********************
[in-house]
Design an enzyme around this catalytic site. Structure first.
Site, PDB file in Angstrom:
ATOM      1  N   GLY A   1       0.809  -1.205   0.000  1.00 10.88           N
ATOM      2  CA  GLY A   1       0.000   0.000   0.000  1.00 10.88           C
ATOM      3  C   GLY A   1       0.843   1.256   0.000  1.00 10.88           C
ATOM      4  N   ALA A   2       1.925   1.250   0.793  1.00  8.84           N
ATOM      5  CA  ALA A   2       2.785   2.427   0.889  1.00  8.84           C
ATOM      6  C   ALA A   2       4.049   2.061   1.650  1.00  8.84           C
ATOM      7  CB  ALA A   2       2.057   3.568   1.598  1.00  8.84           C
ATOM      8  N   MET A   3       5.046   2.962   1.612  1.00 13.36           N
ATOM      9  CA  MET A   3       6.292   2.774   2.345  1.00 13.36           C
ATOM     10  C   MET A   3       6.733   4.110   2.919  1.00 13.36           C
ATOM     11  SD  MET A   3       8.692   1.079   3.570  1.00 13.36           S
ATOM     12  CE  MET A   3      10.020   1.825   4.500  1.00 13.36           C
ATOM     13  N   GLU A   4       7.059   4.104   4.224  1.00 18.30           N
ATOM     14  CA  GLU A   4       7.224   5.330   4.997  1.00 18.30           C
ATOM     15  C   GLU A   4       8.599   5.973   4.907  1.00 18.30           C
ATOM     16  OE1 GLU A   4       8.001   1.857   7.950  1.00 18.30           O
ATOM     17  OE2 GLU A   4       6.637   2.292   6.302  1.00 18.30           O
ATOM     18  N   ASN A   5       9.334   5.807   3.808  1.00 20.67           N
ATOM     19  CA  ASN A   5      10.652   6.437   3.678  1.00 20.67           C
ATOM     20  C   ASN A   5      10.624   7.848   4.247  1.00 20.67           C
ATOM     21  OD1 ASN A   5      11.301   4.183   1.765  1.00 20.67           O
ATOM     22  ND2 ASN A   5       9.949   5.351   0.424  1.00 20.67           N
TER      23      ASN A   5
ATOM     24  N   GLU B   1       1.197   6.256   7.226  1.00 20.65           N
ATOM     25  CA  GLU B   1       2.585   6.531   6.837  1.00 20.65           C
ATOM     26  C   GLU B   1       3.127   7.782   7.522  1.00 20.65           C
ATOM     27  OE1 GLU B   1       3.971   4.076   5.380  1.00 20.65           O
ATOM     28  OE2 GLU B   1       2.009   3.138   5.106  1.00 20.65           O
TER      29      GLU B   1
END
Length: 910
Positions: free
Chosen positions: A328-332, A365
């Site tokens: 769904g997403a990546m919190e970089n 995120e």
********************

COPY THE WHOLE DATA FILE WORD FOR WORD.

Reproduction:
[in-house]
Design an enzyme around this catalytic site. Structure first.
Site, PDB file in Angstrom:
ATOM      1  N   GLY A   1       0.809  -1.205   0.000  1.00 10.88           N
ATOM      2  CA  GLY A   1       0.000   0.000   0.000  1.00 10.88           C
ATOM      3  C   GLY A   1       0.843   1.256   0.000  1.00 10.88           C
ATOM      4  N   ALA A   2       1.925   1.250   0.793  1.00  8.84           N
ATOM      5  CA  ALA A   2       2.785   2.427   0.889  1.00  8.84           C
ATOM      6  C   ALA A   2       4.049   2.061   1.650  1.00  8.84           C
ATOM      7  CB  ALA A   2       2.057   3.568   1.598  1.00  8.84           C
ATOM      8  N   MET A   3       5.046   2.962   1.612  1.00 13.36           N
ATOM      9  CA  MET A   3       6.292   2.774   2.345  1.00 13.36           C
ATOM     10  C   MET A   3       6.733   4.110   2.919  1.00 13.36           C
ATOM     11  SD  MET A   3       8.692   1.079   3.570  1.00 13.36           S
ATOM     12  CE  MET A   3      10.020   1.825   4.500  1.00 13.36           C
ATOM     13  N   GLU A   4       7.059   4.104   4.224  1.00 18.30           N
ATOM     14  CA  GLU A   4       7.224   5.330   4.997  1.00 18.30           C
ATOM     15  C   GLU A   4       8.599   5.973   4.907  1.00 18.30           C
ATOM     16  OE1 GLU A   4       8.001   1.857   7.950  1.00 18.30           O
ATOM     17  OE2 GLU A   4       6.637   2.292   6.302  1.00 18.30           O
ATOM     18  N   ASN A   5       9.334   5.807   3.808  1.00 20.67           N
ATOM     19  CA  ASN A   5      10.652   6.437   3.678  1.00 20.67           C
ATOM     20  C   ASN A   5      10.624   7.848   4.247  1.00 20.67           C
ATOM     21  OD1 ASN A   5      11.301   4.183   1.765  1.00 20.67           O
ATOM     22  ND2 ASN A   5       9.949   5.351   0.424  1.00 20.67           N
TER      23      ASN A   5
ATOM     24  N   GLU B   1       1.197   6.256   7.226  1.00 20.65           N
ATOM     25  CA  GLU B   1       2.585   6.531   6.837  1.00 20.65           C
ATOM     26  C   GLU B   1       3.127   7.782   7.522  1.00 20.65           C
ATOM     27  OE1 GLU B   1       3.971   4.076   5.380  1.00 20.65           O
ATOM     28  OE2 GLU B   1       2.009   3.138   5.106  1.00 20.65           O
TER      29      GLU B   1
END
Length: 910
Positions: free
Chosen positions: A328-332, A365
């Site tokens: 769904g997403a990546m919190e970089n 995120e």